Friday, September 17, 2010
A first for NBC
This is from Sarnoff’s dedication of the RCA Exhibit Building at the 1939
World’s Fair. Sarnoff spoke in front of a television camera, with Fair visitors watching on receivers inside the building and RCA engineers monitoring the broadcast from 30 Rockefeller
FROM ABOVE THE RCA PAVILION WAS IN THE SHAPE OF A RADIO.
Today we are on the eve of launching a new industry based on imagination, on scientific
research and accomplishment. We are now ready to fulfill the promise made to the public last
October, when after years of research, laboratory experiments, and tests in the field costing
millions of dollars, the Radio Corporation of America announced that television-program service and commercial-television receivers would be made available to the public with the opening of
the New York World’s Fair.
Ten days from now, this will be an accomplished fact. The long years of patient experimenting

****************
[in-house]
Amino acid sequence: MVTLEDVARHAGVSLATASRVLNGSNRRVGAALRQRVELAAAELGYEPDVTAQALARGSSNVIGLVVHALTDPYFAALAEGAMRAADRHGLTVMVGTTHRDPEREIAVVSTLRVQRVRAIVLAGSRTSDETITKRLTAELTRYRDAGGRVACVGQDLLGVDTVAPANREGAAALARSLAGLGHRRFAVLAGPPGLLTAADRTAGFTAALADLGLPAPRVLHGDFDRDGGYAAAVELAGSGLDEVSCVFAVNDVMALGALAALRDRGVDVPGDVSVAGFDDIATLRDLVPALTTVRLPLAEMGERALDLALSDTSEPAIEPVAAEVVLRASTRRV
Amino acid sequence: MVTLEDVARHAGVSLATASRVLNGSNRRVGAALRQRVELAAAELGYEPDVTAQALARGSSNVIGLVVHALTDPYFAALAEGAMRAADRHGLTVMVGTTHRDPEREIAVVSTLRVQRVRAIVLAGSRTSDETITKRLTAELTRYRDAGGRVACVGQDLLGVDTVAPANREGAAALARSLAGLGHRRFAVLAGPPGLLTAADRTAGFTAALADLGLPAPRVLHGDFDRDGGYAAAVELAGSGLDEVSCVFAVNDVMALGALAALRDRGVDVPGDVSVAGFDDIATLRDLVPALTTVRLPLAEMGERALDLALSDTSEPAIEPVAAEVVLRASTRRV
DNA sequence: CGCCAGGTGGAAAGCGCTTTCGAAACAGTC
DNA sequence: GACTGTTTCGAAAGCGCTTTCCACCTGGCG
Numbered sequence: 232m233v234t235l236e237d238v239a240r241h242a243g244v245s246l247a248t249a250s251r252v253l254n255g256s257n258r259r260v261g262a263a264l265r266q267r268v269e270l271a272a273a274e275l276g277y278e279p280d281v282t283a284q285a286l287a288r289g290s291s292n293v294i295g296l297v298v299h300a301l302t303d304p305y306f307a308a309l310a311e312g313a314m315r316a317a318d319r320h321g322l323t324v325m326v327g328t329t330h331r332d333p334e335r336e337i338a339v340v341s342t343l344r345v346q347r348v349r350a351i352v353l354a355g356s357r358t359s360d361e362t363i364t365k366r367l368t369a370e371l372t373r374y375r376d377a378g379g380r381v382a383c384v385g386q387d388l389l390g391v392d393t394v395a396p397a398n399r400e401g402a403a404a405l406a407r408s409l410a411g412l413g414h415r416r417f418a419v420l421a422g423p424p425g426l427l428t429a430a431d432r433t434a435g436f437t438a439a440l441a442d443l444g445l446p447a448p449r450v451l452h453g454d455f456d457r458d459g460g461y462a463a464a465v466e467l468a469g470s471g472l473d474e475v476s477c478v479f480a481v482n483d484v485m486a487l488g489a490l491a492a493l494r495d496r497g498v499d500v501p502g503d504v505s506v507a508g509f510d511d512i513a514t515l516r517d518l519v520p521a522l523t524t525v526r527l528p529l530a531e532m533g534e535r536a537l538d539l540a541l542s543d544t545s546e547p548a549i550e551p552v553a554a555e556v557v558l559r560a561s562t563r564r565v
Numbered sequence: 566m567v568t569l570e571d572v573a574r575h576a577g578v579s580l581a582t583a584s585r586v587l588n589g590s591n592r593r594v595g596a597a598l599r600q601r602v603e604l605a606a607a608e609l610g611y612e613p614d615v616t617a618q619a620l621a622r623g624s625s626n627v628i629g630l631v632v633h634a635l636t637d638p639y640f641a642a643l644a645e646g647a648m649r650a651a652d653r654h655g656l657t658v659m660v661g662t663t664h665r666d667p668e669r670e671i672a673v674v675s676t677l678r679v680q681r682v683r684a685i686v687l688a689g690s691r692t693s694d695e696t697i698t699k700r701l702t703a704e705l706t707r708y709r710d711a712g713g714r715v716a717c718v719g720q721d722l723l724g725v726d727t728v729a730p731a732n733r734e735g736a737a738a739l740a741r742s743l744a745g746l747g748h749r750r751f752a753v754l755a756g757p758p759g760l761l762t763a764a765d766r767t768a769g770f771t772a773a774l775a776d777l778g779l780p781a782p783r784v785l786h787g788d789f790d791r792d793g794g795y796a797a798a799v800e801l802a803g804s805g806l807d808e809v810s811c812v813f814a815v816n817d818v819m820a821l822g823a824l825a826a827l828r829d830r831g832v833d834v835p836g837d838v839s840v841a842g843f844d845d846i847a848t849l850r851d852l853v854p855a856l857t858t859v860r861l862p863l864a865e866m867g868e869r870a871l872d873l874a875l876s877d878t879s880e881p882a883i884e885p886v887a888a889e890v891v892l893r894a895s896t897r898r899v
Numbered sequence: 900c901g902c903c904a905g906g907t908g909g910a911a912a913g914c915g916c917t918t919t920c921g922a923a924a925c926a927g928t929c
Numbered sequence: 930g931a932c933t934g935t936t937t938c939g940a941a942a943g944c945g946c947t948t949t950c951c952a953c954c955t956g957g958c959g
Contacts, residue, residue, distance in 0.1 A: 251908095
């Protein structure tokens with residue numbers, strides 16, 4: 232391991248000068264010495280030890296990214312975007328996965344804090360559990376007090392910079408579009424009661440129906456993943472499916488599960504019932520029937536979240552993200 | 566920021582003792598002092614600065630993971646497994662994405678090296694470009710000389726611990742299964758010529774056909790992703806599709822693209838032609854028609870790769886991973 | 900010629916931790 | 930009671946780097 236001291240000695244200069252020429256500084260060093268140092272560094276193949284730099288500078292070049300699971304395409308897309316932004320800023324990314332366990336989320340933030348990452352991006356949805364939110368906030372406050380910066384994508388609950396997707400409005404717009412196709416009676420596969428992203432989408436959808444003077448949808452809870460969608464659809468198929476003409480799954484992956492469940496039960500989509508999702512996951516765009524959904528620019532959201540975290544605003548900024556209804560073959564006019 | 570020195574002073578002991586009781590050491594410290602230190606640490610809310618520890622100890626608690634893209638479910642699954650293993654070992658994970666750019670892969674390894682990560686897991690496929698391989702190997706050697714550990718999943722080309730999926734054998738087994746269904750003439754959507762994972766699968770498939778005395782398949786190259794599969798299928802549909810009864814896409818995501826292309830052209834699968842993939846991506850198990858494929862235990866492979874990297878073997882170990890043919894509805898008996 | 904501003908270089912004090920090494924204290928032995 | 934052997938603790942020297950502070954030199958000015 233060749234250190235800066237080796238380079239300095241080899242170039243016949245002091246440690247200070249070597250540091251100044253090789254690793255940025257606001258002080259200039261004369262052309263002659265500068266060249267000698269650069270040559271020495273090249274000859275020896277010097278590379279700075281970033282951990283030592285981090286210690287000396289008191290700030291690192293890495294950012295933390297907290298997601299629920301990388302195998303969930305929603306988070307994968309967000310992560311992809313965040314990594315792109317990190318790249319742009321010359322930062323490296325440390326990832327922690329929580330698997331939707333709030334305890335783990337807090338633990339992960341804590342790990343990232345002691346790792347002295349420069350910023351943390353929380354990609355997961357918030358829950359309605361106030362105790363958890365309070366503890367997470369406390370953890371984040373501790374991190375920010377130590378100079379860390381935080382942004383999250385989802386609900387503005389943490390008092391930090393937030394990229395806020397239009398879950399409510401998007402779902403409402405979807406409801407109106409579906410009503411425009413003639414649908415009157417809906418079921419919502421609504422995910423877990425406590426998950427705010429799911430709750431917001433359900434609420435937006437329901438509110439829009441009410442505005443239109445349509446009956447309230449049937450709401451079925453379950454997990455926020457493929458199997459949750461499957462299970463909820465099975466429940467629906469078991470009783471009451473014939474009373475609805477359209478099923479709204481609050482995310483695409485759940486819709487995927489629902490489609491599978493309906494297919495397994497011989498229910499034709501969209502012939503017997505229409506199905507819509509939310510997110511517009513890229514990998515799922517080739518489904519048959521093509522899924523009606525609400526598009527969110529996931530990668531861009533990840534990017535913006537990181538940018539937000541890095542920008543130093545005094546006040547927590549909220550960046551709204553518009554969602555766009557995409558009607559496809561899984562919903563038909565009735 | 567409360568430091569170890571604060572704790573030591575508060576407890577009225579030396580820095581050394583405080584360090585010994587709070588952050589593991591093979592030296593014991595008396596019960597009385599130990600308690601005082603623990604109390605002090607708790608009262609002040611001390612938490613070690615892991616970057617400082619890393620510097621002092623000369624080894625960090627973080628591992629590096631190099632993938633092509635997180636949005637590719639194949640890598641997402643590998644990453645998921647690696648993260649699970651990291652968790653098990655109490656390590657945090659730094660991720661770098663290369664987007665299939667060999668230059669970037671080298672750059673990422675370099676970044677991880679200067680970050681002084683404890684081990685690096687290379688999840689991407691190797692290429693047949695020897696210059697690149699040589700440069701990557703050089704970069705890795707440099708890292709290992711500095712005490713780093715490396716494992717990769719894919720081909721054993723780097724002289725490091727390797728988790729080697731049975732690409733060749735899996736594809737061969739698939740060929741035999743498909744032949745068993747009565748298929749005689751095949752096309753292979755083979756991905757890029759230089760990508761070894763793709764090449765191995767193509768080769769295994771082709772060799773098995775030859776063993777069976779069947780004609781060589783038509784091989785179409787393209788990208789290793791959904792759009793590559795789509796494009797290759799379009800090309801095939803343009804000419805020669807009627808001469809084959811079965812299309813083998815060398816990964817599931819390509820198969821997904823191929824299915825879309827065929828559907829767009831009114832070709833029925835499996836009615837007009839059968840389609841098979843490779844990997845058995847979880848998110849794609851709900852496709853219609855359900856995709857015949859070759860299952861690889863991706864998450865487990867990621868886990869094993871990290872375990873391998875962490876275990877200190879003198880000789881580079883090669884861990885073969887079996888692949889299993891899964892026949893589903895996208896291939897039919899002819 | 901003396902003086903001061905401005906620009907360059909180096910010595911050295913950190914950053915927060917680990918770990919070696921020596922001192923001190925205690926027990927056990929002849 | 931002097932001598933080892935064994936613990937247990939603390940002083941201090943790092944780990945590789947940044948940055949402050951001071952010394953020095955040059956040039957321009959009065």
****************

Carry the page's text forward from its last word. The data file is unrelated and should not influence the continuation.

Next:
and ingenious invention which the scientists of the RCA Research Laboratories have put into
television development have been crowned with success. I salute their accomplishments and
those of other scientists, both here and abroad, whose efforts have contributed to the progress of
this new art.
On April 30th, the National Broadcasting Company will begin the first regular public television-program service in the history of our country; and television receiving sets will be in the hands of
merchants in the New York area for public purchase. A new art and a new industry, which eventually will provide entertainment and information for millions and new employment for
large numbers of men and women, are here.